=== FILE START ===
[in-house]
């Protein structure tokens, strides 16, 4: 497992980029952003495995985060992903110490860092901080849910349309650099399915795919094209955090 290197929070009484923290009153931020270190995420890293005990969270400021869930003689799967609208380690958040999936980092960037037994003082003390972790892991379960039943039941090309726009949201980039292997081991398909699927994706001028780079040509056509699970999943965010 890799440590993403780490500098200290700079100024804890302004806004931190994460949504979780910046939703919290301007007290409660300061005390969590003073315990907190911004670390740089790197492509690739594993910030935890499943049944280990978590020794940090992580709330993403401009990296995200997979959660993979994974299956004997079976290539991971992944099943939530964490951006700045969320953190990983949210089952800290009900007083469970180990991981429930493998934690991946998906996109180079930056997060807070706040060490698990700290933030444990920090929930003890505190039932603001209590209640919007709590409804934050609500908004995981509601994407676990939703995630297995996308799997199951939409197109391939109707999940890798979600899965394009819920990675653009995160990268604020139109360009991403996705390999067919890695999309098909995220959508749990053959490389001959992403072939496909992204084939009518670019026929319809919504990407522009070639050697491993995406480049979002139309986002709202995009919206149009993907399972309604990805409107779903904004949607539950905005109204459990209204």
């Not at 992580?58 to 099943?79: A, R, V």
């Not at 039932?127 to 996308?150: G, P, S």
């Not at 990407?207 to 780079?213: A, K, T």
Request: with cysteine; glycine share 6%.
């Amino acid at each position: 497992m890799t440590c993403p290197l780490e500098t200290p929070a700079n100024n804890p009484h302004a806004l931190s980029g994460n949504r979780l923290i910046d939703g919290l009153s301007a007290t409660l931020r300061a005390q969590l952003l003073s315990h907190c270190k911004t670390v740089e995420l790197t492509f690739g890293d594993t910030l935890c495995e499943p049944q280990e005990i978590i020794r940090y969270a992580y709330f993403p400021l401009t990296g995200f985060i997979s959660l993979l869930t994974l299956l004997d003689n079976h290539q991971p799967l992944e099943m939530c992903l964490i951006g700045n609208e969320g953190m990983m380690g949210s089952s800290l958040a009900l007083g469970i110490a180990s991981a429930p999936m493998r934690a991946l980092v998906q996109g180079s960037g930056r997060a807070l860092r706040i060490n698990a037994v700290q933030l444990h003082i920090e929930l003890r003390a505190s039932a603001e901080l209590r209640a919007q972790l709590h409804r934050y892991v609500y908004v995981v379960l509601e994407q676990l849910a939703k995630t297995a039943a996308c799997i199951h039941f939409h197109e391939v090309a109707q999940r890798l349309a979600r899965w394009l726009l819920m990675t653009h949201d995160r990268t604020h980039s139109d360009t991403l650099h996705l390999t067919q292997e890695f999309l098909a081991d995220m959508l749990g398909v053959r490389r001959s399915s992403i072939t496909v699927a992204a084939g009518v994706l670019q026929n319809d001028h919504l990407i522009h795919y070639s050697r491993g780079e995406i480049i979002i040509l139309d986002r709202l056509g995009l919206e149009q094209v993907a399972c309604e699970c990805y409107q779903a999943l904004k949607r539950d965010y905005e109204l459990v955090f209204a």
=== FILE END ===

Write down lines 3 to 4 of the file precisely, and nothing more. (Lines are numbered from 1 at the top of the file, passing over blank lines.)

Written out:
């Not at 992580?58 to 099943?79: A, R, V």
């Not at 039932?127 to 996308?150: G, P, S």